This comes a day after President Emmerson Mnangagwa joined the rest of the continent in marking Africa Anti-Corruption Day where he called for tougher action against graft and faster conclusion of corruption-related cases.
It also comes as Zimbabwe continues to lose close to US$2 billion every year to corruption and when Mnangagwa is under pressure to deal ruthlessly with the scourge that has been ravishing the country for the past two decades.
Following the arrest and subsequent firing of Health minister Obadiah Moyo over a US$60 million scandal involving Drax International, the Zimbabwe Coalition of Debt and Development (Zimcodd) at the weekend said the government must publish information on public sector procurement projects, including the cost.
"Zimbabwe is a signatory to the United Nations Convention against Corruption (UNCAC) of 2005, which came into force on December 14, 2005. It must therefore, studiously apply key mechanisms to fight corruption enshrined in Article 5 of UNCAC in the public sector such as preventive measures, criminalisation and law enforcement, international cooperation, asset recovery, and technical assistance and information exchange," Zimcodd said.
The organisation added that authorities must also introduce steep penalties for perpetrators of corruption in public institutions.
"Strengthening the justice delivery system to ensure that corrupt business moguls and politicians are brought to book and compulsory declaration of assets by officials when they join and leave the public sector will go a long way in combating the vice," Zimcodd added.
Farai Mutondoro, a researcher with Transparency International Zimbabwe, said corruption in the country had resulted in a marked increase in fiscal deficit and debt."A huge chunk of the debt in Zimbabwe is a result of high-level corruption and bad governance, that is, the offloading of elitists' debts onto the shoulders of taxpayers through the Reserve Bank Debt Assumption Bill and the Zimbabwe Asset Management Company.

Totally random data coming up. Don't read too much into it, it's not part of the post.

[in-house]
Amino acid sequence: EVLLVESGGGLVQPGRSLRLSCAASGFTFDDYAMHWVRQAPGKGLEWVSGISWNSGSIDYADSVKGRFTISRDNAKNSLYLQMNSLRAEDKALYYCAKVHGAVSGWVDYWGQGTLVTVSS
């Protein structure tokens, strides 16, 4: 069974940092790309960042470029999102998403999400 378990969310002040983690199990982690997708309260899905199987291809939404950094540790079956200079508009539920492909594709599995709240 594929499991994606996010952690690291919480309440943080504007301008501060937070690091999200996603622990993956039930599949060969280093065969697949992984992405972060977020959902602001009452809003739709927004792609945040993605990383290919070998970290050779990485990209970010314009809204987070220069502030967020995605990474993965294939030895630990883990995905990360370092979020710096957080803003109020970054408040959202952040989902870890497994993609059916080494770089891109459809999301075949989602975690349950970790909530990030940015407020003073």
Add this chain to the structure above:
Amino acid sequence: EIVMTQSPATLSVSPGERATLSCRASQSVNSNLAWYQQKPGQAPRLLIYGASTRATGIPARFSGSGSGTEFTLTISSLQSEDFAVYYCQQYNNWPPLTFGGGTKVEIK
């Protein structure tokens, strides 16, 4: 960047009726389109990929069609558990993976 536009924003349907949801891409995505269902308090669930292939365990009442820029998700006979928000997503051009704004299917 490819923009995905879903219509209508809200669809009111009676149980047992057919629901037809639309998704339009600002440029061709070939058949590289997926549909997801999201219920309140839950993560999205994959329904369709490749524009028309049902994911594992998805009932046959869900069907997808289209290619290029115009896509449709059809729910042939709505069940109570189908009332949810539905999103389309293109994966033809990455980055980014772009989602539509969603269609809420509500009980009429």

"To deal with the unsustainable debt in Zimbabwe there is an urgent need for the prioritisation of public finance management in the national anti-corruption strategy," Mutondoro said.
Another researcher, Vincent Chakunda, concurred with Mutondoro that Zimbabwe's mounting debt burden arising largely from non-concessionary foreign loans since the 1980s compounded by the prevailing economic problems have retarded economic growth, with far reaching implications on the capacity of public sector institutions and local authorities to invest in capital projects, infrastructure development and deliver services.
"The pursuit of populist public policies by the national government and the rise in political and bureaucratic corruption all compounded the prevailing challenges, further weakening the capacity of local authorities to deliver services," he said.
"Rampant corruption and abuse of borrowed funds have resulted in the ballooning of the debt without a corresponding improvement in the quality of local services."
Information ministry secretary Nick Mangwana, however, said Mnangagwa and the government were working on fighting corruption.
"In a short space of time … Mnangagwa has proved that in his fight against corruption, there are no sacred cows. He has said it, he has proved it," he said in apparent reference to the recent sacking of Moyo and former Tourism minister Priscah Mupfumira, who was arrested last year on a US$95 million corruption charge.
"Mnangagwa is a very measured man with a temperate disposition. He is not a populist and his decision making is primarily informed by the national interest. He knows the power of his office and always resists hysterics in decision making. He is taking us home," Mangwana added.
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